AEP testing measures the small electrical impulses that are generated by the nerve cells in response to electrical signals from the stimulation of hair cells in the auditory system by an acoustical stimulus. In this study and in studies of other species, including fish, a frequency doubling effect is seen when measuring AEPs (Casper and Mann, 2006; Casper and Mann, 2007; Egner and Mann, 2005). This is likely because of the orientation of hair cells within the ear, so that certain cells fire on the compression phase of a sound wave and others fire on the rarefaction phase, resulting in a doubled response. These doubled responses were seen at all frequencies tested.
One of the difficulties associated with AEP testing is the subjective nature of threshold determination. Threshold determination at very low frequencies was made even more difficult by the high intensity of electrical background noise at low frequencies. Analysis of fast Fourier transforms of the signals indicated large peaks between 0 and 150 Hz, making the signal-to-noise ratio too low to detect a stimulus response at 50 Hz. Additionally, behavioral results indicate that the threshold at 50 Hz is 110 dB re. 1μPa. The loudest SPL that testing equipment could produce during AEP testing of 50 Hz was 119 dB re. 1μPa. Because AEP thresholds at low frequencies were 6–7 dB higher than behavioral thresholds, it is possible that we were not able to present a signal with an SPL sufficient enough to produce an AEP.
AEP testing was conducted at frequencies beyond the maximum hearing range determined by behavioral testing. During behavioral testing, the turtle showed no response to signals played at 1131 Hz at levels of 138 dB re. 1μPa. During AEP testing, a response was detected during the presentation of 1131 Hz at 141 dB re. 1μPa. Lower levels yielded no AEPs. Additional testing was conducted at 1600 and 3200 Hz during the first session and 1600 Hz during the second session. During analysis of these frequencies, a visible waveform was apparent in the response at the highest presented SPL. These waveforms were attributed to artifact, likely from direct electrode detection of the electromagnetic field of the transducer. To validate this, signal onset delay was studied at all frequencies. At zero attenuation, AEP responses appeared between 7 and 10 ms after signal initiation for frequencies below 1600 Hz. At 1600 and 3200 Hz, response signals appeared between 1 and 2 ms after signal initiation. This 1–2 ms delay can be accounted for by the delay produced by the filters in the amplifier. In addition to validating true detections with response onset times, results were examined in a deceased turtle. A dead loggerhead hatchling was studied using the same methods as used for the adult test subject. Responses were present at the highest presented SPL for all frequencies with the exception of 50 Hz. These responses were visible between 1 and 2 ms after signal presentation. Responses in the live turtle at lower frequencies did not occur until 7–10 ms after presentation. For these reasons, the responses at 1600 and 3200 Hz may be attributed to artifact and not actual detection.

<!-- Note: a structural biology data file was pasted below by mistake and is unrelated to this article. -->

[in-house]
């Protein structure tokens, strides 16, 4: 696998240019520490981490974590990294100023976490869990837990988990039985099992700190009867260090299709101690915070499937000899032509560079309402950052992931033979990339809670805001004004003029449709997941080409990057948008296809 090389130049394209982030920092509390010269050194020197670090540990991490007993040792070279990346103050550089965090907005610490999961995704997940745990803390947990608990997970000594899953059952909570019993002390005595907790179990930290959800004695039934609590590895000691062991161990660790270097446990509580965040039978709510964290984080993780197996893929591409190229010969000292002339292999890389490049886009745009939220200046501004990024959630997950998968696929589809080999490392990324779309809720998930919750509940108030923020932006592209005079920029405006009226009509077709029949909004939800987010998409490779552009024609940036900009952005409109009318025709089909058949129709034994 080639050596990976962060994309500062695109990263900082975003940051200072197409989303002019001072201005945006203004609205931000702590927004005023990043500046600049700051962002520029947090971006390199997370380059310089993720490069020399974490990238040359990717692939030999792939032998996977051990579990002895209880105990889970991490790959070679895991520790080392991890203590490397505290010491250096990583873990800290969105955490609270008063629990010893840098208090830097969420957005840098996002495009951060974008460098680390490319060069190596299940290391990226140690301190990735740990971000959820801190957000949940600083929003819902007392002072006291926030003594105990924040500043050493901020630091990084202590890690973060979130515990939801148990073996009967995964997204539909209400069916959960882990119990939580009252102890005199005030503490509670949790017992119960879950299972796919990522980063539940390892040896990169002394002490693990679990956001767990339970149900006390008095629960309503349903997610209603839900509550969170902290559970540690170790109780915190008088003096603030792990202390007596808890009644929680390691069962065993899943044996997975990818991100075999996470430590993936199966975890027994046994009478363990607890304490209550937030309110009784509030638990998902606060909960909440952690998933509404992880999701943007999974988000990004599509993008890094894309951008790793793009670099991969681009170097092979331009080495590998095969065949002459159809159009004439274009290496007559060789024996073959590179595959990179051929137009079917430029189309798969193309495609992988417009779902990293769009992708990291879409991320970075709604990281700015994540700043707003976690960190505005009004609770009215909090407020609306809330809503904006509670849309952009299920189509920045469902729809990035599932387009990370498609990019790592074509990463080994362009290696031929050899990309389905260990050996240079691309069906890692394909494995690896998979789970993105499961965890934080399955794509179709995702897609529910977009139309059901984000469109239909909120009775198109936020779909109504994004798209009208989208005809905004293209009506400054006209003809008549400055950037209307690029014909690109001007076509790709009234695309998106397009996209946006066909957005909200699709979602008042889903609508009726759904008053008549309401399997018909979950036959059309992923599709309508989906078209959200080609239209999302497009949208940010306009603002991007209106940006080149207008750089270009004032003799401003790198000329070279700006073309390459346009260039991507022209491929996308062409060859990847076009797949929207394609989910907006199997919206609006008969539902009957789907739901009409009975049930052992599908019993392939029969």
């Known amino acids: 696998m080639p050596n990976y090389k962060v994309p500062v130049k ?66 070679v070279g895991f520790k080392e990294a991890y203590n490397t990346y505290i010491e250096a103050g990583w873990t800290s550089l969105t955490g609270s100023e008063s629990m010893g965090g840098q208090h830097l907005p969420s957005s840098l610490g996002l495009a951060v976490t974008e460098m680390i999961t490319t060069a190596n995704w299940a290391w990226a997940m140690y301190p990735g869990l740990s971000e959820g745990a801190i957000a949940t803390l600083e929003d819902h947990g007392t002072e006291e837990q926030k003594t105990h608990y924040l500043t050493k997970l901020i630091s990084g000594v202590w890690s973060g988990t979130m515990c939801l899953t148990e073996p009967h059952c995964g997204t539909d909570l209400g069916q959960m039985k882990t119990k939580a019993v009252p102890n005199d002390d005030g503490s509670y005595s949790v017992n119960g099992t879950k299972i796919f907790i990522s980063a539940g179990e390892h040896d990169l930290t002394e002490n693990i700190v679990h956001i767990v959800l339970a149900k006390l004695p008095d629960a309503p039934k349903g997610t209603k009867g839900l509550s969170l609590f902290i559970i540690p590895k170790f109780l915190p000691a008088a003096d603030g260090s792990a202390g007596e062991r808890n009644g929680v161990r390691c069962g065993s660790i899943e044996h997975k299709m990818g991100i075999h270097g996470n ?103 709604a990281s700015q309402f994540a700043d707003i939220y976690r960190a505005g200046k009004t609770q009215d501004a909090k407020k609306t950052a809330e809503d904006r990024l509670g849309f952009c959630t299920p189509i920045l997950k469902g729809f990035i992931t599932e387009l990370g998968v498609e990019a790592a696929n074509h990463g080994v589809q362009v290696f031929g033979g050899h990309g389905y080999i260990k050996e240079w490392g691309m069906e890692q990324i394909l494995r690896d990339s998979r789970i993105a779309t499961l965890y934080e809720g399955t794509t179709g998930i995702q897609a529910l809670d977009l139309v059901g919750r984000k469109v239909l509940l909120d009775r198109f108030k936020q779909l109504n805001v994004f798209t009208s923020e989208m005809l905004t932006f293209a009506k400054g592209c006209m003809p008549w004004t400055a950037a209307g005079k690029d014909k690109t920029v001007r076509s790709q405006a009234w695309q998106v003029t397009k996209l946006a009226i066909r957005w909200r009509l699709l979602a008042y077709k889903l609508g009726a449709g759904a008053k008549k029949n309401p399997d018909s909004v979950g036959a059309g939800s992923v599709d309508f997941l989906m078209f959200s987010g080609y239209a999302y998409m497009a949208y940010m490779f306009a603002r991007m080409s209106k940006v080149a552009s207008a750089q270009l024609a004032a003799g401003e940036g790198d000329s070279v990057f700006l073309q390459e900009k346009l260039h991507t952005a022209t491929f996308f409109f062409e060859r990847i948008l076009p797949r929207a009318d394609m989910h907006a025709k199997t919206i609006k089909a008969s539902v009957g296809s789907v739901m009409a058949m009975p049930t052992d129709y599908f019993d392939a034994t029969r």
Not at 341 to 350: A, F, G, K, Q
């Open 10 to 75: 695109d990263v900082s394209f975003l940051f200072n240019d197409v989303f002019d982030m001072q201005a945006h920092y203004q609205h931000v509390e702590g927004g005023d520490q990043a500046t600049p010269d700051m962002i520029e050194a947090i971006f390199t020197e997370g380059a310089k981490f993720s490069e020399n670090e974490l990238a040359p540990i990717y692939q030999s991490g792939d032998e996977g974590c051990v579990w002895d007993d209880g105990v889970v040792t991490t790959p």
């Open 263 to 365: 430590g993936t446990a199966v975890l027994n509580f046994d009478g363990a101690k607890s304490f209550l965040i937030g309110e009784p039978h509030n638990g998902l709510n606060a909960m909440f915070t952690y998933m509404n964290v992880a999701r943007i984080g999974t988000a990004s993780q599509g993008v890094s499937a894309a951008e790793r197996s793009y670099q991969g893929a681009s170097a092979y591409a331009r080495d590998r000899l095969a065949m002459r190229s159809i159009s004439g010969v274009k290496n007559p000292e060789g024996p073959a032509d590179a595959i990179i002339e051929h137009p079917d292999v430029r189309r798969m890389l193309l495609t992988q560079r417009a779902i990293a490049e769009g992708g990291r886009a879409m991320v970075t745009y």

Comparison of behavioral and AEP audiograms
Hearing abilities are far better understood in marine mammals than in marine turtles. Access to multiple species of captive marine mammals and the relative ease in which they can be conditioned to participate in research tasks have allowed studies exploring the differences between behavioral and electrophysiological methods of auditory testing in the same individual (Finneran and Houser, 2006; Houser and Finneran, 2006; Schlundt et al., 2007; Szymanski et al., 1999; Wolski et al., 2003; Yuen et al., 2005). Each of these studies yielded a slight to significant difference in the results obtained from the two testing methods, with behavioral thresholds typically lower than AEP thresholds, particularly at lower frequencies. When parameters such as testing environment and stimulus presentation are kept similar between the two methods, the difference in the calculated thresholds decreases (Houser and Finneran, 2006).
In the present study, thresholds were determined through both AEP and behavioral methods at 100, 200, 400 and 800 Hz (Fig. 6). Thresholds differed by a maximum of 14 dB at 100 Hz and a minimum of 4 dB at 800 Hz. A threshold was not detected at 50 Hz during AEP testing but behavioral data indicated a threshold of 110 dB re. 1μPa. AEP testing elicited responses at higher frequencies whereas behavioral responses indicated a complete lack of detection beyond 800 Hz. Audiogram curves followed similar shapes for both methods of testing. Both curves showed substantial decreases in sensitivity at frequencies higher than 400 Hz.